Concern about Two Journalist Held since June 2011 for "Terrorism"
|Publisher||Reporters Without Borders|
|Publication Date||26 April 2013|
|Cite as||Reporters Without Borders, Concern about Two Journalist Held since June 2011 for "Terrorism", 26 April 2013, available at: http://www.refworld.org/docid/5180dfe24.html [accessed 23 October 2016]|
|Disclaimer||This is not a UNHCR publication. UNHCR is not responsible for, nor does it necessarily endorse, its content. Any views expressed are solely those of the author or publisher and do not necessarily reflect those of UNHCR, the United Nations or its Member States.|
Reporters Without Borders is very worried about two journalists, Woubeshet Taye and Reyot Alemu, who have been detained since June 2011 and were given long jail sentences more than a year ago on terrorism charges.
Taye, who was the deputy editor of the Amharic-language weekly Awramba Times, was transferred on 19 April to a detention centre in Ziway, 130 km southeast of the capital, Addis Ababa. Alemu, a columnist for the national weekly Fitih and recent winner of an international media freedom prize, is in very poor health.
"Nine months after a new prime minister took over following Meles Zenawi's death, the Ethiopian government continues to be as inflexible as ever," Reporters Without Borders said.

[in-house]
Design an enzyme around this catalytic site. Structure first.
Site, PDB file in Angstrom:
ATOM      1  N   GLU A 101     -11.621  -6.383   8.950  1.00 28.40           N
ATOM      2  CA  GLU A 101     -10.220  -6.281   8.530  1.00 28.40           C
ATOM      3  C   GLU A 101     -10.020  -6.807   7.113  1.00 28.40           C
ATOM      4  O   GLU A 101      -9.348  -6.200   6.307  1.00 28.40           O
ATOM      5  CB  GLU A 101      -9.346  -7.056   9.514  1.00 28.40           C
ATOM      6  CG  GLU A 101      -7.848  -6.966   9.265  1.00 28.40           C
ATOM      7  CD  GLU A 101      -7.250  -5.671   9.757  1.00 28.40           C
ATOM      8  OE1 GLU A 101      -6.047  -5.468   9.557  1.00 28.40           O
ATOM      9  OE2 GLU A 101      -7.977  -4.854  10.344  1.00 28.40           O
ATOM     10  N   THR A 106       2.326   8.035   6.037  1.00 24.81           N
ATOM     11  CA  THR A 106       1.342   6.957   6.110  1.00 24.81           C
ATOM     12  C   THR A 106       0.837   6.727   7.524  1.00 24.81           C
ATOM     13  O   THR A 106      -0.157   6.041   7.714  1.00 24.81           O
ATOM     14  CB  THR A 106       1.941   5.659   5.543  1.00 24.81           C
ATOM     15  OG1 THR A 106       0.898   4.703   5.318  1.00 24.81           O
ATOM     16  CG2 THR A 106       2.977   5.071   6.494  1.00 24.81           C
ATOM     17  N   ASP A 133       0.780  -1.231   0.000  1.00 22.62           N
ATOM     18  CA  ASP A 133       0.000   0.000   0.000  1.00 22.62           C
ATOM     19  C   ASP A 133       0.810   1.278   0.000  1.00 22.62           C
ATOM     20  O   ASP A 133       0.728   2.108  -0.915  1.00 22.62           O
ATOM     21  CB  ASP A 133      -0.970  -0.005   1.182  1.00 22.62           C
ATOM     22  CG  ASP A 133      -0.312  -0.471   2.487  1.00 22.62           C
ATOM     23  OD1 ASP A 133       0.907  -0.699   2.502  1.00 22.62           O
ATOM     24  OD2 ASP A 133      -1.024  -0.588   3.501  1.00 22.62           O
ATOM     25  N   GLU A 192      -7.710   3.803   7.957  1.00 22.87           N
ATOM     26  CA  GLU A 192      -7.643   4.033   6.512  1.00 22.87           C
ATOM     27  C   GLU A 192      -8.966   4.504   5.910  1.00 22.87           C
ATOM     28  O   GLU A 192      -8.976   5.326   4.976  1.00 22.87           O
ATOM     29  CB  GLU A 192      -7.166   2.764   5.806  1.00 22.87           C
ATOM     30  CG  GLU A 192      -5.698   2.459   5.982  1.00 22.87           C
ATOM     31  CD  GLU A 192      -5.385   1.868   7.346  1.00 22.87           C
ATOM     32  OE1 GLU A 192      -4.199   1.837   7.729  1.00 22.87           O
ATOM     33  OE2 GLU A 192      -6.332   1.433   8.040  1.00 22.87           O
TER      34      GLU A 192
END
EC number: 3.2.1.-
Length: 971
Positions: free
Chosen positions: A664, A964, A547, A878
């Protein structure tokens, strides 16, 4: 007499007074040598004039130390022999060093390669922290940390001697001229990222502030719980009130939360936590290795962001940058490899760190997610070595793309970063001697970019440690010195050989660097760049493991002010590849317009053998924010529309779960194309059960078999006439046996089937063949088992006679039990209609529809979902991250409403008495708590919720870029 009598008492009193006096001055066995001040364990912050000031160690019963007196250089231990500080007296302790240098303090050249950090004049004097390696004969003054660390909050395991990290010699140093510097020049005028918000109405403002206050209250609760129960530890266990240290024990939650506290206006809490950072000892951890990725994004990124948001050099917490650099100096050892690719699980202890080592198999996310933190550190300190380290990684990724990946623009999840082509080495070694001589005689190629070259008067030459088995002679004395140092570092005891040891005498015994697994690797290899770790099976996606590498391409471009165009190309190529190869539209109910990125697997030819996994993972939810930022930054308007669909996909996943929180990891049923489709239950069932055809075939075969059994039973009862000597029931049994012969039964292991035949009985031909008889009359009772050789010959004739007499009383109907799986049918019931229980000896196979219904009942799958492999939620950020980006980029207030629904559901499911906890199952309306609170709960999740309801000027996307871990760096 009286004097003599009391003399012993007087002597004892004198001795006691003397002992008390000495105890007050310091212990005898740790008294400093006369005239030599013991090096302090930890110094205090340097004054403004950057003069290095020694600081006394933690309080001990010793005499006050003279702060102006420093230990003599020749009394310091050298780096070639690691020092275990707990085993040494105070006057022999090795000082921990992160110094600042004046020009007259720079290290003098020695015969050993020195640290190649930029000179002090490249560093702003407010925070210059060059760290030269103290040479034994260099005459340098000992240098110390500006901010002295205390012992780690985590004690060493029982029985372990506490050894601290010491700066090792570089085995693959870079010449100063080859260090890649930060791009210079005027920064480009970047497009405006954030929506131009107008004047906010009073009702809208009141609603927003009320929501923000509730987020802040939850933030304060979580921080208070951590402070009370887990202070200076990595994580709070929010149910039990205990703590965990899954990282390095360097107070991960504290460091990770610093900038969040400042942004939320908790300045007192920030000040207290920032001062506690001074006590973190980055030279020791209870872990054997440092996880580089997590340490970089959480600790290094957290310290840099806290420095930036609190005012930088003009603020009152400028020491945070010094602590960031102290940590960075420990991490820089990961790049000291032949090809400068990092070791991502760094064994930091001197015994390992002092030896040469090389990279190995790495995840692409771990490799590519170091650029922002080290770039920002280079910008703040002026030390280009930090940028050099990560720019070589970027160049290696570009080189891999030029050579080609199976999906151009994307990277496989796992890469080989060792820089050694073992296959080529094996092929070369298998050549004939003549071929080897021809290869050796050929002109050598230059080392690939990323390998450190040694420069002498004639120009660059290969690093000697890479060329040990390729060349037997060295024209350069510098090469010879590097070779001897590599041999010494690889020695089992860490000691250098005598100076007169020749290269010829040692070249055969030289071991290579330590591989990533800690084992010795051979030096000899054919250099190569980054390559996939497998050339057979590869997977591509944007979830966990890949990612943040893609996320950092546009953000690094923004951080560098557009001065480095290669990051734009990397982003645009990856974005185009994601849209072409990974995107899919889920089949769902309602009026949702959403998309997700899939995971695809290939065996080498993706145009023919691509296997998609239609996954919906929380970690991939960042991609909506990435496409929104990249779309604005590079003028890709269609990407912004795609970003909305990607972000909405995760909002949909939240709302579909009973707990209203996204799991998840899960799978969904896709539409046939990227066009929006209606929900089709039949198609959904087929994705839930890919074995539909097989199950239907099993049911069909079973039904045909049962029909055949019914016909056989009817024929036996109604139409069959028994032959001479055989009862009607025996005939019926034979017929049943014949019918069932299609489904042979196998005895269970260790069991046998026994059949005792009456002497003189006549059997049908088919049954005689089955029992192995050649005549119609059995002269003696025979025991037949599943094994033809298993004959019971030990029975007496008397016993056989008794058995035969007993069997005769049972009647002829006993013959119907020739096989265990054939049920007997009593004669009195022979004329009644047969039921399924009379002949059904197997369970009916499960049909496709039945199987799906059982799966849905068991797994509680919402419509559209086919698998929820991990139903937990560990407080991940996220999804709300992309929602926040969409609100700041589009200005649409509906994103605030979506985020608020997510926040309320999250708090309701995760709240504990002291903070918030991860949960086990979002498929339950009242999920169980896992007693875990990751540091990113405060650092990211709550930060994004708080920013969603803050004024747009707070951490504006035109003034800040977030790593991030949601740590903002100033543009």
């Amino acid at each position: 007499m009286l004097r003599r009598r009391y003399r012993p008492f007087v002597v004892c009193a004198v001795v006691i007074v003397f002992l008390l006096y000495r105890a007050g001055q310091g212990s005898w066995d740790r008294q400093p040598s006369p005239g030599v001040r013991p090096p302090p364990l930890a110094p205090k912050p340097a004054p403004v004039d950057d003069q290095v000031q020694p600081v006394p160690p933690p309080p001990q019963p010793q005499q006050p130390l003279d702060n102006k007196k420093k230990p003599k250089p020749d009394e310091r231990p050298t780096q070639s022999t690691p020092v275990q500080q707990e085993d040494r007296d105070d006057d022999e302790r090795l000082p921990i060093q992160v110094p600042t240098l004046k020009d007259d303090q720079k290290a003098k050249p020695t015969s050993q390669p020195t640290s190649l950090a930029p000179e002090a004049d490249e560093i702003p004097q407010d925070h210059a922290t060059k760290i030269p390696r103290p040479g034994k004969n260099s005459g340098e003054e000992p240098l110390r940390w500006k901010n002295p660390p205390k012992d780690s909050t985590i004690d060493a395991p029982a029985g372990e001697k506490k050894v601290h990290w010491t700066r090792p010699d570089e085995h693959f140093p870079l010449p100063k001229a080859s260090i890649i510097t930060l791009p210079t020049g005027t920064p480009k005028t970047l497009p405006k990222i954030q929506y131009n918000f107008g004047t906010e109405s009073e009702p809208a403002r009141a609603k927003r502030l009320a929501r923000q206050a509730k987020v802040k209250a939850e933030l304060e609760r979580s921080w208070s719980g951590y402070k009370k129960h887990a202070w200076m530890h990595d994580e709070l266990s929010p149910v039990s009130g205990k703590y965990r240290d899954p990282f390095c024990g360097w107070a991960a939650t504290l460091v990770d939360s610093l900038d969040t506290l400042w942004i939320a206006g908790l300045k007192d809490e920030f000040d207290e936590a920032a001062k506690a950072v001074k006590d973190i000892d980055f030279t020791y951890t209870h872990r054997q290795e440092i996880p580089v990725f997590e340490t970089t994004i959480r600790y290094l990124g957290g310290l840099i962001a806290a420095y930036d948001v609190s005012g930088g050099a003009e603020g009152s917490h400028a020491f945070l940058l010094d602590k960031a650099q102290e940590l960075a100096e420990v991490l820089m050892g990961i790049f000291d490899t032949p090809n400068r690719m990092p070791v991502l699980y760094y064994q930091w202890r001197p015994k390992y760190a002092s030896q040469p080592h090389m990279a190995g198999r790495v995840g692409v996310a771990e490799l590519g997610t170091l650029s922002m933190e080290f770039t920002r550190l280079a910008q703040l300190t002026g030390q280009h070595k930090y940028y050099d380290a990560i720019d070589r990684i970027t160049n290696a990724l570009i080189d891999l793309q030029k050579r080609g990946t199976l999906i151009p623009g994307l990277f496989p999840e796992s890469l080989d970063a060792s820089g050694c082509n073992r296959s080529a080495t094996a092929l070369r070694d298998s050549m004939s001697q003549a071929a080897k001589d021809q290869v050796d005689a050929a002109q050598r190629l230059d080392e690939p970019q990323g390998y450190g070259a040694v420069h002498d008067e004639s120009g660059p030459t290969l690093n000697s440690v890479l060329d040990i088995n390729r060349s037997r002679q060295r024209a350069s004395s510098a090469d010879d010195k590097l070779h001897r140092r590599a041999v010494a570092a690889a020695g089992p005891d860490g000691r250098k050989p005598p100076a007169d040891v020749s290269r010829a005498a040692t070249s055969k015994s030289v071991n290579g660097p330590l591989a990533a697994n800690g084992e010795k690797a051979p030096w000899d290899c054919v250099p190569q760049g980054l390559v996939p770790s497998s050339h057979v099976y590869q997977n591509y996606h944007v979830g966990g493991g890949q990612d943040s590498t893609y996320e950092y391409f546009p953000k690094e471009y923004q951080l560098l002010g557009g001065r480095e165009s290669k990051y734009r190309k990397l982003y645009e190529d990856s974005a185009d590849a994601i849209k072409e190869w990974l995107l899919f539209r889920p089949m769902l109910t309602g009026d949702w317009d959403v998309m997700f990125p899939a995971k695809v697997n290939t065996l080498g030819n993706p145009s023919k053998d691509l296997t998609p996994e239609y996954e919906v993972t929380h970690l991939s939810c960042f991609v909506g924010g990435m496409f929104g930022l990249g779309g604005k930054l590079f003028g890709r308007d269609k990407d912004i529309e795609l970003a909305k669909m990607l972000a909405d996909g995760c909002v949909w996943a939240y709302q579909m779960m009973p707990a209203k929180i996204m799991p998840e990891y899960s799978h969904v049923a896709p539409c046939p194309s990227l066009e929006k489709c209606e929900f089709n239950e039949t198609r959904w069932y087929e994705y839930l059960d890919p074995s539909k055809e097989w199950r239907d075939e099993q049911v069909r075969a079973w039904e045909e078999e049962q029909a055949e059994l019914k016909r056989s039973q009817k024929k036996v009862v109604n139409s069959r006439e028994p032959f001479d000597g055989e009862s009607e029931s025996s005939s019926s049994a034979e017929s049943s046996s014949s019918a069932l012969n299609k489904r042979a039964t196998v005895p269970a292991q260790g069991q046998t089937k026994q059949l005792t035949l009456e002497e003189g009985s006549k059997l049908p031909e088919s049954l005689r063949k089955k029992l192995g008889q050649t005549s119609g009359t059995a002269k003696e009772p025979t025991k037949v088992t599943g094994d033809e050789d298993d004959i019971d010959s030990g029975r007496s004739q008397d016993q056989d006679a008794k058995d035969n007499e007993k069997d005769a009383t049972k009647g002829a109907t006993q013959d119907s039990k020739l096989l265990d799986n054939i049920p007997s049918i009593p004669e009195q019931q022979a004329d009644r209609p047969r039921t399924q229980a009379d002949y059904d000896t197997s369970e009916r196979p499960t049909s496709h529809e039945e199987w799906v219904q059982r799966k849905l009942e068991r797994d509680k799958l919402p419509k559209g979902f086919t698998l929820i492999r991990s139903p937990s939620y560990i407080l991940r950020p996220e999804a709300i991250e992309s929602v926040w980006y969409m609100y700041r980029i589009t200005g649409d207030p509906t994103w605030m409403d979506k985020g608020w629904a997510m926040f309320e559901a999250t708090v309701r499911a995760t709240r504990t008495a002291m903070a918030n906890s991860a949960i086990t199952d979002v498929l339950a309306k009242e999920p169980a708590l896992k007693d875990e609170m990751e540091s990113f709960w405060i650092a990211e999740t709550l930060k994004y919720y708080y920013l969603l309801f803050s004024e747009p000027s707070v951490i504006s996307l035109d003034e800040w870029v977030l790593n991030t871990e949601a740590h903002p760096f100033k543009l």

"The prolonged detention of these two innocent journalists, Taye's recent transfer to a place far from his family, and the lack of medical care for Alemu are indicative of the government's intransigence and have dashed all hope of a more tolerant attitude to media freedom."
The authorities have given no explanation for Taye's transfer to the detention centre at Ziway, an isolated village, which will mean that this wife and son will have to travel more than four hours in order to visit him.
Alemu, who was awarded the 2013 UNESCO-Guillermo Cano World Press Freedom Prize on 16 April for "exceptional courage, resistance and commitment to freedom of expression," continues to be held in Kality prison, on the outskirts of Addis Ababa, where officials are apparently unconcerned about an alarming deterioration in her health.
The two journalists were sentenced to 14 years in prison under Ethiopia's anti-terrorism law in January 2012. The federal supreme court reduced Alemu's sentence to five years in prison eight months later but Taye's has been left unchanged.
Ethiopia is ranked 137th out of 179 countries in the 2013 Reporters Without Borders press freedom index.